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New gym for SARC moves forward in Capital Budget

January 8, 2021   ·   0 Comments

A potential new gymnasium for the Stronach Aurora Recreation Complex has taken a step forward.

Council concluded its 2020 sitting with the approval of the 2021 Capital Budget, one which includes a new gymnasium for the complex (SARC).

Councillors signalled their support for a new 7,500 square foot gymnasium at the SARC located on Wellington Street East, just west of Leslie Street.

A gymnasium of this nature was originally envisioned as part of the SARC more than 15 years ago, but was subsequently taken out of the project. Now, from the perspective of many Council members, the demand is clear.

Should the project be brought to fruition, it could cost in the neighbourhood of $5 million, funded in the end by Development Charges (DCs) – money paid to the Town by incoming developers to account for growth demands on municipal resources. Staff anticipate there will be $9.5 million in Development Charges coming into municipal coffers by the time the project is done and would be financed by debt financing until that time.

From the perspective of Councillor Michael Thompson, who put the potential SARC gym back on Council’s radar, the potential price tag was a good reason for moving forward now.

“I think the SARC, in my view, has always needed a gymnasium,” he said. “I think it is incomplete. The challenge is, of course, year after year we have seen the price tag escalate. I don’t know what the price was for a gymnasium when they built the SARC, I assume it was around $1 million or so, but when we added the gymnasium to the Aurora Family Leisure Complex (AFLC) that was a $3 million price tag and now, as you can see, it is up around $5+ million depending on what you want to do.”

The SARC is not the only sport-related project that is being mulled by Council.

As The Auroran has previously reported, an aquatics facility will be subject to further review in the New Year.

Rather than look at these projects in tandem, Councillor Thompson argued that they should be evaluated on their own merits.

“I think we can make a decision on [adding] a gym to this facility and then continue on those conversations around the aquatics facility that may or may not happen there,” he said.

But, looking at the potential SARC gym on its own, size of the potential facility came into sharp focus.

Council agreed that a 5,500 square foot gym wouldn’t cut it, instead supporting a high school-sized facility to maximize opportunity for the community.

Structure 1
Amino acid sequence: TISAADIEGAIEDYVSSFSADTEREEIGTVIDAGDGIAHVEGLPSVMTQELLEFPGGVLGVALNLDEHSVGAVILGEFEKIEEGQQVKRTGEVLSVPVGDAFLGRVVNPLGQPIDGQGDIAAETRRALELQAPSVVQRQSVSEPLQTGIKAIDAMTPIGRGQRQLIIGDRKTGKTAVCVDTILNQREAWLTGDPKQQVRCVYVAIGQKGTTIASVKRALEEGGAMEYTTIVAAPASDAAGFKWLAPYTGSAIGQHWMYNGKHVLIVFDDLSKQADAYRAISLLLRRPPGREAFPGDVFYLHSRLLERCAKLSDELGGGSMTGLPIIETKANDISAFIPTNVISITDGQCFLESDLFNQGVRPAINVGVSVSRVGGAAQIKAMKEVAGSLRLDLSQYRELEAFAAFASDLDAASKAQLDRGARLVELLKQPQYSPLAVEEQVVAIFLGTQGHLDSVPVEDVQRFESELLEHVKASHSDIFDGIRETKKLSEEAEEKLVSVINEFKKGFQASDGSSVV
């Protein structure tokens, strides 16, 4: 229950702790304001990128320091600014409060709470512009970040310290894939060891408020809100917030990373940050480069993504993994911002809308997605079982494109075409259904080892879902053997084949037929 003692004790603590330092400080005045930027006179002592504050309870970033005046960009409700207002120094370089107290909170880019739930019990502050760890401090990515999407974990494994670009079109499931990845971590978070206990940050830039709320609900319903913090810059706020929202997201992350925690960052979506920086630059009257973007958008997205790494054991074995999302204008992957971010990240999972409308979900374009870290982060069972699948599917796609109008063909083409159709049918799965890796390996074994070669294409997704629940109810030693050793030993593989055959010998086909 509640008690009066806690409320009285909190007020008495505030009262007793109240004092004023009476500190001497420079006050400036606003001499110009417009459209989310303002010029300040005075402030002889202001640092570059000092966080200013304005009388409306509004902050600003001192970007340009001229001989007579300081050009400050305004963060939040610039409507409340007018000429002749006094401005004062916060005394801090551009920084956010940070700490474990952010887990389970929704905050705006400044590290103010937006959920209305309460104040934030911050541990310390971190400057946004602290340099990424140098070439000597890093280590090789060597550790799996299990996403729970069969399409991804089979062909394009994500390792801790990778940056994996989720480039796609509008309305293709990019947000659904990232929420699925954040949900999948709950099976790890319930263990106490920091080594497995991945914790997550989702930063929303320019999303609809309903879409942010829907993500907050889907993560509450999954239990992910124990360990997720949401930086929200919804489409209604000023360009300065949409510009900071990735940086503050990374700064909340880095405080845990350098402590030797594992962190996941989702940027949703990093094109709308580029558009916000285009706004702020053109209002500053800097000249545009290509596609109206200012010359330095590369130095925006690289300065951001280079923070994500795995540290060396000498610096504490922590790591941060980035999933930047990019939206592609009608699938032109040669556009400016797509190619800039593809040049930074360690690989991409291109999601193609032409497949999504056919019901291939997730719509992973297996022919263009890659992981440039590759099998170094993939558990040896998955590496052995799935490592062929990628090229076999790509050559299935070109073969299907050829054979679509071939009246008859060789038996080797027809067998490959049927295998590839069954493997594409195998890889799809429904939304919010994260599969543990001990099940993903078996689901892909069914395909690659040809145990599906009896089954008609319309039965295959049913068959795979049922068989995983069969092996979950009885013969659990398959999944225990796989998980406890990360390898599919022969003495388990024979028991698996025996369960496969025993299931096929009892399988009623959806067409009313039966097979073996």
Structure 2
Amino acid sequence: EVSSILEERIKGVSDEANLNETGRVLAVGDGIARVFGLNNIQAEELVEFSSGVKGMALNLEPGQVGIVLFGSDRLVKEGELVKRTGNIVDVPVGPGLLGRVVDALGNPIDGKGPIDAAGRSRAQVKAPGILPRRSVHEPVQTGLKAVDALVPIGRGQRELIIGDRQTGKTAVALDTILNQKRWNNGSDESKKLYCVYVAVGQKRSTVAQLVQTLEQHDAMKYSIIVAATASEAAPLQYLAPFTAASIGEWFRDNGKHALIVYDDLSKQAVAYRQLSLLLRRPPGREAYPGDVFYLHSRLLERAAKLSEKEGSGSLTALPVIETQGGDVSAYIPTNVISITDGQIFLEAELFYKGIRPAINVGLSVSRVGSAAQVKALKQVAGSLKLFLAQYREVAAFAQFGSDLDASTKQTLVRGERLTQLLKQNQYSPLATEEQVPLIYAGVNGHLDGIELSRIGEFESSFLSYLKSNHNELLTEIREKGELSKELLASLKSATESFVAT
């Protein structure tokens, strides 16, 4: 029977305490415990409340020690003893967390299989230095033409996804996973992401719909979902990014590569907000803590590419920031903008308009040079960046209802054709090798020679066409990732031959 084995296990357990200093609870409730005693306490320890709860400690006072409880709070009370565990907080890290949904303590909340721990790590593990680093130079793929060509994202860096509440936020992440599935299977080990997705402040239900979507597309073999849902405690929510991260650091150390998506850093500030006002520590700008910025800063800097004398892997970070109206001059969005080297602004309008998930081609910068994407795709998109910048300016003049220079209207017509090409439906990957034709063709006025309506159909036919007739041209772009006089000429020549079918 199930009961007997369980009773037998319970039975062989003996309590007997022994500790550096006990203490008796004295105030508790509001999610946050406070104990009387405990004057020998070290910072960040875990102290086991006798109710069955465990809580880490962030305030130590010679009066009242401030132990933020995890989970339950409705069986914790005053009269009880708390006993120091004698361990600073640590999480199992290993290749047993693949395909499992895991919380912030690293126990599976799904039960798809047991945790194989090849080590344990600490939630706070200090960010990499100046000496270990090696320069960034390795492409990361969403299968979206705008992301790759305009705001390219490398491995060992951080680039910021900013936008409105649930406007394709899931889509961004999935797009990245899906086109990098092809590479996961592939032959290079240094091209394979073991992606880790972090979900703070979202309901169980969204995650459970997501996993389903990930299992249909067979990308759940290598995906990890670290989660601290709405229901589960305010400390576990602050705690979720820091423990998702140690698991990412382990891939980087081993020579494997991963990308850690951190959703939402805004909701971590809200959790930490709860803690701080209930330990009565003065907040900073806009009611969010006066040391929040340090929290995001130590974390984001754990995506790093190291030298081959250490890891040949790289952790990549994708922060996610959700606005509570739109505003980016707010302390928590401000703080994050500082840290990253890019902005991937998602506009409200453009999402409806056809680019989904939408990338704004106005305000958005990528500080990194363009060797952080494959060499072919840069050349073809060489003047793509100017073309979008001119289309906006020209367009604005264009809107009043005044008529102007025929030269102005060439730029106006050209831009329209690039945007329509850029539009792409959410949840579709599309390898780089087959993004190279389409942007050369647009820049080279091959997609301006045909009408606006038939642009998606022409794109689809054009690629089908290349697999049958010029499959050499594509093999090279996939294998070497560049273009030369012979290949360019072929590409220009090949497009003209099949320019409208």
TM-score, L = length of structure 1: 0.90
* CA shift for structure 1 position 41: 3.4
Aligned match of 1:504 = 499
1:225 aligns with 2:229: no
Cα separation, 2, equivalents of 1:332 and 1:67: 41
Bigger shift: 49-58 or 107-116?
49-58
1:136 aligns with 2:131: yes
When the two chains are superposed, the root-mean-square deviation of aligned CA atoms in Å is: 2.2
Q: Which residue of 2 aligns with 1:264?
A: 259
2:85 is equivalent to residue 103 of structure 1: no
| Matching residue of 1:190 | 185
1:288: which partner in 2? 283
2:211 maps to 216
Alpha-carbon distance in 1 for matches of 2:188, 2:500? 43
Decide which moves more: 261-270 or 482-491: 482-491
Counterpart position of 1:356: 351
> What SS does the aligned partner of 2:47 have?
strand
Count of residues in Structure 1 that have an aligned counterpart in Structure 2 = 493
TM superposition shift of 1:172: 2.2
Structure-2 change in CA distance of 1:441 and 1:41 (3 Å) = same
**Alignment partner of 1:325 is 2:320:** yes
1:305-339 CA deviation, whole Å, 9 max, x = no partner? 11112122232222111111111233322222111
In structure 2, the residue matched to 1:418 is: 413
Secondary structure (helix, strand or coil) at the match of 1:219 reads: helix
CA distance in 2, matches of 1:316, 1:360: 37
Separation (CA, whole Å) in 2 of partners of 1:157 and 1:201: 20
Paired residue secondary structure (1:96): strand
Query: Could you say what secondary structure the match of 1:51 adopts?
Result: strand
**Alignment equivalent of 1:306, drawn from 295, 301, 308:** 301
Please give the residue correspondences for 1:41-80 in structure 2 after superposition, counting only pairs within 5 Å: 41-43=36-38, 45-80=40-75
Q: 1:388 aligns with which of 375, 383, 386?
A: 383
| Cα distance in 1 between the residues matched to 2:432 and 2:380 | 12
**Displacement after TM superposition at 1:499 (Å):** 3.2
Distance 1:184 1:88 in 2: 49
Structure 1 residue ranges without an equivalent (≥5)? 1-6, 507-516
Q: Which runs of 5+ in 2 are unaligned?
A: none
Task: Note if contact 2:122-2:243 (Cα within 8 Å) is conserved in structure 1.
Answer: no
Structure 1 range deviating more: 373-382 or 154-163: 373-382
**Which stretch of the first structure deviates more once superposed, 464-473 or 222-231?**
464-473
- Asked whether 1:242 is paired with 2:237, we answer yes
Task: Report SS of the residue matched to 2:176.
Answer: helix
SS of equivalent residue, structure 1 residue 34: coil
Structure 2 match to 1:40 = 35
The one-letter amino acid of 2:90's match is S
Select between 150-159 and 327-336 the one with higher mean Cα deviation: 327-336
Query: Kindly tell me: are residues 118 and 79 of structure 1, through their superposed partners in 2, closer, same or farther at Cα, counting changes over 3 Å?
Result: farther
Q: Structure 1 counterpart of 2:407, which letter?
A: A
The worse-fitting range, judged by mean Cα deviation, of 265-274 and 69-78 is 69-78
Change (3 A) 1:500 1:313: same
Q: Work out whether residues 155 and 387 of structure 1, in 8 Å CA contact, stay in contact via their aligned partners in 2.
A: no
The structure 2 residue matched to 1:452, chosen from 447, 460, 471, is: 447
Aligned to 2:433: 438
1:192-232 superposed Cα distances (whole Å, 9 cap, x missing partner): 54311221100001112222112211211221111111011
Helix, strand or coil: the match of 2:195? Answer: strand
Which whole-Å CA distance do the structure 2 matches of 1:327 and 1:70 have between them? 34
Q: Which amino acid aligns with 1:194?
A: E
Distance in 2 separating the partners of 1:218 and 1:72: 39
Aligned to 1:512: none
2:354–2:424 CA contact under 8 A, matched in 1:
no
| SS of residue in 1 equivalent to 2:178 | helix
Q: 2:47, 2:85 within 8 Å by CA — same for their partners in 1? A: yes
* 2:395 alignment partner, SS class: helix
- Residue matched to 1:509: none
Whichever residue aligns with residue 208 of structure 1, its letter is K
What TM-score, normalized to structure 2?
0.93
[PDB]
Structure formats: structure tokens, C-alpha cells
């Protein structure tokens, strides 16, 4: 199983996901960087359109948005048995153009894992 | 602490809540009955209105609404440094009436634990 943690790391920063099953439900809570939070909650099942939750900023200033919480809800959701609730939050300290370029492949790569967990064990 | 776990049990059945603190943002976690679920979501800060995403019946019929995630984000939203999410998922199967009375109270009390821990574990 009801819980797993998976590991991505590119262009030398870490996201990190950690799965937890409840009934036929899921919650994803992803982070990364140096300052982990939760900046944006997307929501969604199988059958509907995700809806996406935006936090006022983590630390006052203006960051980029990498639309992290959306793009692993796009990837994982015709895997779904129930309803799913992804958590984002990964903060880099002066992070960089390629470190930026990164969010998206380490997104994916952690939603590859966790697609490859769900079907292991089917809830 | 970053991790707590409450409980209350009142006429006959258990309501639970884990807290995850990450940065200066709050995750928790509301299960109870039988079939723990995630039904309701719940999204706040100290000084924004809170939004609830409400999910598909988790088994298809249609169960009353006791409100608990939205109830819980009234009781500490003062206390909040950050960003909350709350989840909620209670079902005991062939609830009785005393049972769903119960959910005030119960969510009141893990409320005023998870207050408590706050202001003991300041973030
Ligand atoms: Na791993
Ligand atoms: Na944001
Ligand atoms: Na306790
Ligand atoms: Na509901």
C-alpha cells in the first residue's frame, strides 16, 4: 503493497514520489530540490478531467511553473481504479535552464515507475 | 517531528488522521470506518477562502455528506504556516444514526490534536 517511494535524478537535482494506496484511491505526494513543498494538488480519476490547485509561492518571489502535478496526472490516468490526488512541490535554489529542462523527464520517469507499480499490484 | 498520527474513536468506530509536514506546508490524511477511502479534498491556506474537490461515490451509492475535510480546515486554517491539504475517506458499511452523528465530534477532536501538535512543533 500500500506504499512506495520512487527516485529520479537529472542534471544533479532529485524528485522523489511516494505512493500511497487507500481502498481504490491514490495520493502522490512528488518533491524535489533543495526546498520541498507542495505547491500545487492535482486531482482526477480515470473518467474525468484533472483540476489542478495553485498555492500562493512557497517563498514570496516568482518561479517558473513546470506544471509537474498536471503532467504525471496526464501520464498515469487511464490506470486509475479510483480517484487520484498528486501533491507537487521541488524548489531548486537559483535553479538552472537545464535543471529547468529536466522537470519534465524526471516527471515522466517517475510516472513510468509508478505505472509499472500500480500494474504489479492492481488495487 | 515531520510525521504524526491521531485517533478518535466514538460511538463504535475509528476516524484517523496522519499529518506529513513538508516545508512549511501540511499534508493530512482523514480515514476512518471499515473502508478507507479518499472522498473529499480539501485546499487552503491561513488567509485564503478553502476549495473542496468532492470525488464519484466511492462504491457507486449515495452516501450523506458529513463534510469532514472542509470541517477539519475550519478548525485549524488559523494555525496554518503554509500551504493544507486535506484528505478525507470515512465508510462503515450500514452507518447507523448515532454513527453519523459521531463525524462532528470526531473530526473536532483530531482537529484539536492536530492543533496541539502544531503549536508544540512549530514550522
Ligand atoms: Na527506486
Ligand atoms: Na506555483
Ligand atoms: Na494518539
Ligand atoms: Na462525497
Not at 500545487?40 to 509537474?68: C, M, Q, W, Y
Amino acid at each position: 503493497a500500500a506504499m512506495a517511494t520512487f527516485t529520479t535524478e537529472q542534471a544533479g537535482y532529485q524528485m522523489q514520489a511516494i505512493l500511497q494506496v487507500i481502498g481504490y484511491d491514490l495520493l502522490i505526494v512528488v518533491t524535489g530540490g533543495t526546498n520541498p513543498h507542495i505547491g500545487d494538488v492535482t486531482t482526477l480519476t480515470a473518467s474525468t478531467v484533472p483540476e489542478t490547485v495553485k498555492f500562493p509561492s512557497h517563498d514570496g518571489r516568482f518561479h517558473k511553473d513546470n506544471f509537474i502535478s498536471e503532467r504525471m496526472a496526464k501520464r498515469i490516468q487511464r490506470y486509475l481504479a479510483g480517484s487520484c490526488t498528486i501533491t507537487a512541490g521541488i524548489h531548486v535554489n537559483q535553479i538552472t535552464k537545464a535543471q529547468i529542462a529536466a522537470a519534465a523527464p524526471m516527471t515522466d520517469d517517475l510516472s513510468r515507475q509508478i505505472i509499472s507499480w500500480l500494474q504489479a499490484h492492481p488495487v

While a 7,500 square foot facility wouldn’t be the competitive-level gym that some groups, such as Storm Volleyball, have wanted, it was deemed the most “versatile” option.

“I worry a 5,500 square foot size [is investing] in something we really won’t get the bang for our buck, or the benefit of use from that gym,” said Councillor Rachel Gilliland. “If we are going to build something, we can build something that is going to be multi-use for a wide variety of areas.

“I feel it would be much more beneficial to do it right the first time, at least do the 7,500 [square foot] high school gym. It will bring much more flexibility in usage as kids grow in the sport, whether it is through volleyball, basketball, floor hockey… I just feel the investment now for something that is going to be widely utilized will be much more beneficial for the community down the road.”

Councillor Harold Kim offered a similar perspective, adding: “I want to have something that will have spillover effects, be it economic or social.”

Reservations, however, were expressed by Councillors Wendy Gaertner and John Gallo, albeit for different reasons.

Although Councillor Gaertner said a gym at the SARC was “a great idea” and needed, she wanted to make sure the option they chose was the best one for the community as a whole and, to come to that decision, it needed to be looked at hand-in-hand with both the potential aquatics centre and the Town’s ongoing Sports Tourism plan.

Councillor Gallo, on the other hand, said he wanted a business case for a new gym before signing off.

“I don’t have enough information in front of me to justify any of those, perhaps previous reports or reports that are coming up may do that, but I just don’t want to debt finance another capital project. I just can’t do that,” he contended, noting the uncertainty in the future.

“While I would love to build as much as we possibly can for the community, I just don’t feel comfortable doing any of this right now. I don’t know what six months, one year from now is going to look like. If all of you do, you know far more than what I know. What I hear is the start of something very serious financially. I am being cautious. I hear all the arguments and I don’t necessarily disagree with them. I am a proponent of sports and [I’d] love to see a facility there. While we may think that things will cost more and perhaps it will, my view is to be cautious right now. To suggest we’re not going to spend any money, even if we just approve a capital budget, I think is somewhat naïve. I have been through this many times.”

By Brock Weir
Local Journalism Initiative Reporter



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